The main distinction between green card holders and those with a visa is that the former are permanent residents – but not citizens – and the latter are persons who have been granted the right for a temporary stay.

A crime like marijuana possession could present issues for Abang if his visa is set to expire anytime soon.

As Guerra referenced, possession of 30 grams or less of marijuana allows for a waiver when applying for a visa. But it is unclear whether Abang is charged with possession of a quantity below the crucial 30-gram threshold – the statute under which he is charged is for possession of less than 50 grams of marijuana and 5 grams of hashish. More will be known after his late February appearance in court or pretrial resolution.

Abang’s arrest may ultimately be regarded as a minor misdemeanor with no devastating ramifications, but it is an unfortunate development in the context of his bizarre tenure with the Red Bulls, in which Abang was virtually exiled from the club for a two-year period.

After a promising first season with the Red Bulls in 2015, the 6-foot-1 forward was loaned out in August 2016 to Hobro IK in Denmark – a season-long loan that was cut short in January 2017.

Despite lack of any evidence of his being attached to a team, Abang remained listed as “on loan” by MLS and RBNY from late January to early April. On April 4, 2017, New York “officially terminated Abang’s loan with Hobro IK,” and the forward “signed a new loan agreement” with SJK Seinajoki in Finland, per the Red Bulls press release. One month later, SJK prematurely ended Abang’s stay.

Photo via SJK Seinajoki.

After another purgatory-esque two-month waiting period, Abang joined Astra Giurgiu in Romania during July 2017. He appeared in 26 league matches and scored five goals, but his time in Romania ended amid a flurry of rumors including suggestion Astra had made his loan permanent, reported interest from heavyweight club Steaua Bucharest, and the accusation that he had stolen money and credit cards from his teammates.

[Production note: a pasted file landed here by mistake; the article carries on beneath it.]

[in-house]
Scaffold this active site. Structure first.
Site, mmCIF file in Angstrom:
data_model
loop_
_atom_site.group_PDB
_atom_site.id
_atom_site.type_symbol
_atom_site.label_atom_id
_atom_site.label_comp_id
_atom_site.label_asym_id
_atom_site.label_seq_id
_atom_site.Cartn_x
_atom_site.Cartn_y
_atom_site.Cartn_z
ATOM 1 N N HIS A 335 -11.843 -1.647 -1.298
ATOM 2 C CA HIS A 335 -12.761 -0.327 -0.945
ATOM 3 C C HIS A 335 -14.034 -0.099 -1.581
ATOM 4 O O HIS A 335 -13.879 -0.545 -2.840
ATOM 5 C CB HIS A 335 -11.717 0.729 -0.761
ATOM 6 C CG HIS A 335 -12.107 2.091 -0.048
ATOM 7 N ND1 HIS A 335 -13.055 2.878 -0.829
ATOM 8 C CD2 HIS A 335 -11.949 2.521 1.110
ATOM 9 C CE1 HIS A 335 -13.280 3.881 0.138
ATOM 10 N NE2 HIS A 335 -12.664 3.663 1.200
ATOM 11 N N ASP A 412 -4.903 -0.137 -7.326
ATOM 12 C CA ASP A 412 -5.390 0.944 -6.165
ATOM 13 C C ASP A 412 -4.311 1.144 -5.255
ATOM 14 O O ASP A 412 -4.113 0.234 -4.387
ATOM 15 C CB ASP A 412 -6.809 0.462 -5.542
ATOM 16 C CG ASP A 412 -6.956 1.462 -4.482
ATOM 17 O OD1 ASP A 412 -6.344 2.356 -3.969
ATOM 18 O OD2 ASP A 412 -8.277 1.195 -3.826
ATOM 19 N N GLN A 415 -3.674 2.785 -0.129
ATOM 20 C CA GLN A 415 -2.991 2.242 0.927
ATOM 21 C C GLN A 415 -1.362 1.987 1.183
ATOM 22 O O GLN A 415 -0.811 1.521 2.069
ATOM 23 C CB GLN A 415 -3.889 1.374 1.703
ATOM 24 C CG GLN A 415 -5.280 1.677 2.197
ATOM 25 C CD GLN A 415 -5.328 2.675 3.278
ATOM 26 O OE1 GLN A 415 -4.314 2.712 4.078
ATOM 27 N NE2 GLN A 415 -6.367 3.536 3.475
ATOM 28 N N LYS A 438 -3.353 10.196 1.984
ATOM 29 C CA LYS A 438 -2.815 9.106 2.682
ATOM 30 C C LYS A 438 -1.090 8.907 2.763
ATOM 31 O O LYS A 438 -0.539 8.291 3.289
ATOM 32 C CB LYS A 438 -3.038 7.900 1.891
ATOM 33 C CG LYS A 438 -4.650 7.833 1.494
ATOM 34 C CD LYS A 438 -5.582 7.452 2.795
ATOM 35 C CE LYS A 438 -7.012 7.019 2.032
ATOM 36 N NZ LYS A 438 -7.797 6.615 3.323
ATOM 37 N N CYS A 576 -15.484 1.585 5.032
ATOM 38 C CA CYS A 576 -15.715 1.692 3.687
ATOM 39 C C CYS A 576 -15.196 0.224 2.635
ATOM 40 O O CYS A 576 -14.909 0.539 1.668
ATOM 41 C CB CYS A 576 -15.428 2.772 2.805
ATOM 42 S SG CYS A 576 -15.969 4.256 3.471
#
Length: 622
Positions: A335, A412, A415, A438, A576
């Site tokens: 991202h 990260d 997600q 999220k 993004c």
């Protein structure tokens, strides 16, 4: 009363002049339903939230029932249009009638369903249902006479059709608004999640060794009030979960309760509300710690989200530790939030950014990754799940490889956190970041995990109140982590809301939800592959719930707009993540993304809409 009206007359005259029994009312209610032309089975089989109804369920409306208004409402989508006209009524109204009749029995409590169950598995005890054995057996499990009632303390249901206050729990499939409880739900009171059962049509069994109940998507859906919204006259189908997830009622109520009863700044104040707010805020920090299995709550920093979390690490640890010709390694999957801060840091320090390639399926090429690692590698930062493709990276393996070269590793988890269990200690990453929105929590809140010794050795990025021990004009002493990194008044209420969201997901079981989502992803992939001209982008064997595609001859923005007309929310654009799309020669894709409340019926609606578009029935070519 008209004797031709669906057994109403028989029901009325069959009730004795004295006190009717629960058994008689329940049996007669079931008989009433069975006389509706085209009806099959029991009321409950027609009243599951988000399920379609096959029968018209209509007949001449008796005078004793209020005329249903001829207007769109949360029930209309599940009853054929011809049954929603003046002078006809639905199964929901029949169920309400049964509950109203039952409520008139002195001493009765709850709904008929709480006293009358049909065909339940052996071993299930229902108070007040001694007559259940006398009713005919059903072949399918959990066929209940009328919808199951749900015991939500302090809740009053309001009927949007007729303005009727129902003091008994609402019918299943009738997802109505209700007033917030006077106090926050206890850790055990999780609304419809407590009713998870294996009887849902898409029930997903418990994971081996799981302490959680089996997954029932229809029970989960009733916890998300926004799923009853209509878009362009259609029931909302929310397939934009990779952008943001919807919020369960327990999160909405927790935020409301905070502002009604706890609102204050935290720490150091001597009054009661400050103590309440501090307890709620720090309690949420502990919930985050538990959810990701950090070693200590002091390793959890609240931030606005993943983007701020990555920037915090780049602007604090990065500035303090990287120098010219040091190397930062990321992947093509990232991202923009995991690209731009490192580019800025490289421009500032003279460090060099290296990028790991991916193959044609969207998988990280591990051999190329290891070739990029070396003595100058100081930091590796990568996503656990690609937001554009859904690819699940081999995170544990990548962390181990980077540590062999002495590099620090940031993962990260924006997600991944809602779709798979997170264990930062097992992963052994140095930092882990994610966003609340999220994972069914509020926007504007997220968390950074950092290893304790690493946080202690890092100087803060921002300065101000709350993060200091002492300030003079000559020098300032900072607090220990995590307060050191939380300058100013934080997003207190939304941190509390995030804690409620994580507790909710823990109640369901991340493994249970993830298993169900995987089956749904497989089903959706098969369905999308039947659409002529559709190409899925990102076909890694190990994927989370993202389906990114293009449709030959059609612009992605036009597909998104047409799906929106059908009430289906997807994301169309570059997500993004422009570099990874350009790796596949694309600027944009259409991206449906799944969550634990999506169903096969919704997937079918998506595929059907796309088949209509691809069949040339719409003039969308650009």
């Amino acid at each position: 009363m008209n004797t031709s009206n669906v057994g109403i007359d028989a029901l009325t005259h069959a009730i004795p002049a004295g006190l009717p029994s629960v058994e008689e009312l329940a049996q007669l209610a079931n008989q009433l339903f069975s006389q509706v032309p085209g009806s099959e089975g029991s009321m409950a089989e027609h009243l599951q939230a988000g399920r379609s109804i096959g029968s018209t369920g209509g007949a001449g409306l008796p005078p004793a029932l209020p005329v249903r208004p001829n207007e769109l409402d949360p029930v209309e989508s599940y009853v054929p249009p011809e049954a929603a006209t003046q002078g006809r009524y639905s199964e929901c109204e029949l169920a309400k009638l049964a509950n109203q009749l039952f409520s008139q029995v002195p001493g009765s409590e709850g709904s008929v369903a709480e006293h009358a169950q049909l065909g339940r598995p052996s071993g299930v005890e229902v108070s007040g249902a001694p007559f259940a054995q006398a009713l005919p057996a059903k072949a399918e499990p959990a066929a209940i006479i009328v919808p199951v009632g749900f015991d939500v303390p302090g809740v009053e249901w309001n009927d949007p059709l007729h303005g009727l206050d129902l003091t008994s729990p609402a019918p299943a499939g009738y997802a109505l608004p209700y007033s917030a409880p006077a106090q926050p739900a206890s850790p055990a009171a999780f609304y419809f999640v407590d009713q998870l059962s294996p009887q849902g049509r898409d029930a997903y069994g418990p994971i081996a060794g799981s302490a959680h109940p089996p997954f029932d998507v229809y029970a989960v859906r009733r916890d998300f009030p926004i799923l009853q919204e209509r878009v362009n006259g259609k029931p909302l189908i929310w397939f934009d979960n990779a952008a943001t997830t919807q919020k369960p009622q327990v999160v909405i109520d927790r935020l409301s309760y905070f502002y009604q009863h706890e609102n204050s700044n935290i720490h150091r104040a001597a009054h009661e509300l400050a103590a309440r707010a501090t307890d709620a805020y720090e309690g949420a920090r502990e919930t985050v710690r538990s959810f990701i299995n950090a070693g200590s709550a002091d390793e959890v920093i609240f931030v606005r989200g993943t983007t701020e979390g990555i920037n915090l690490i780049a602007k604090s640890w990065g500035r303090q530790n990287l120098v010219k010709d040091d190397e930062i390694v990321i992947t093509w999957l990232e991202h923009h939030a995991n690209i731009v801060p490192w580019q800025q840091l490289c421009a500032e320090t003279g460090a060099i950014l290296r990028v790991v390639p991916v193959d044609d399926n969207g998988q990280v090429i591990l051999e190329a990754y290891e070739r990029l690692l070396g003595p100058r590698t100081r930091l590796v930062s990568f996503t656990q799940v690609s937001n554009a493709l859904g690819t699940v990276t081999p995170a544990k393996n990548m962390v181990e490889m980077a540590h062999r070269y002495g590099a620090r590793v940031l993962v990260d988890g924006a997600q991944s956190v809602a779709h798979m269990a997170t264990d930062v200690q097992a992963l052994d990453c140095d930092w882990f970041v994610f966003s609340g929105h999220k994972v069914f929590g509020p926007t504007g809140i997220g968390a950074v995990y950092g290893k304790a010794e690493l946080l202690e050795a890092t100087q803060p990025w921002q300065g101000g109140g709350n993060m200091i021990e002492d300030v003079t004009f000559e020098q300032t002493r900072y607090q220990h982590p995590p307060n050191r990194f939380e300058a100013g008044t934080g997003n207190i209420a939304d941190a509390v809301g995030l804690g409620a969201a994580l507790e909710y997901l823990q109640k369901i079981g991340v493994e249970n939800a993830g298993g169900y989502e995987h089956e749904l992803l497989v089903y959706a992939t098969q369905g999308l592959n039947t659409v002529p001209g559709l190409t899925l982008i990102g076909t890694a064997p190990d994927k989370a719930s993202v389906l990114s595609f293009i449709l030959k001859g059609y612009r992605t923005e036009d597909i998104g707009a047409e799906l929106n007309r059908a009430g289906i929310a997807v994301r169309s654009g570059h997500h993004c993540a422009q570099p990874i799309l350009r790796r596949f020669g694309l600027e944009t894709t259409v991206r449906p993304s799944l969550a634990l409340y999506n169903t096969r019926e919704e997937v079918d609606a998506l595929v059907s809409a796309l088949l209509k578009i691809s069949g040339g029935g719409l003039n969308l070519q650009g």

The surprising resolution to Abang’s latest difficulty since being exiled by RBNY almost two years earlier was the player’s return to the Red Bulls in August 2018. He made no appearances for the club in MLS over the back-end of the 2018 season, but did score three times in nine outings for the II team in USL.

Five days after the Red Bulls were eliminated from contention for MLS Cup in the Eastern Conference Final, Abang was one of 11 players who had a contract option exercised by the club. Hours after it was announced he’d be back with RBNY for 2019, he was pulled over on South Orange Avenue.

As noted by the Millburn Police Department’s published report on the arrest, all defendants are presumed innocent unless and until they enter a guilty plea or are found guilty in a court of law.

The Red Bulls issued the following statement on the matter:

We are aware of the incident and will remain in contact with Anatole, the League Office, and local authorities throughout the investigative process. There will be no further comment at this time.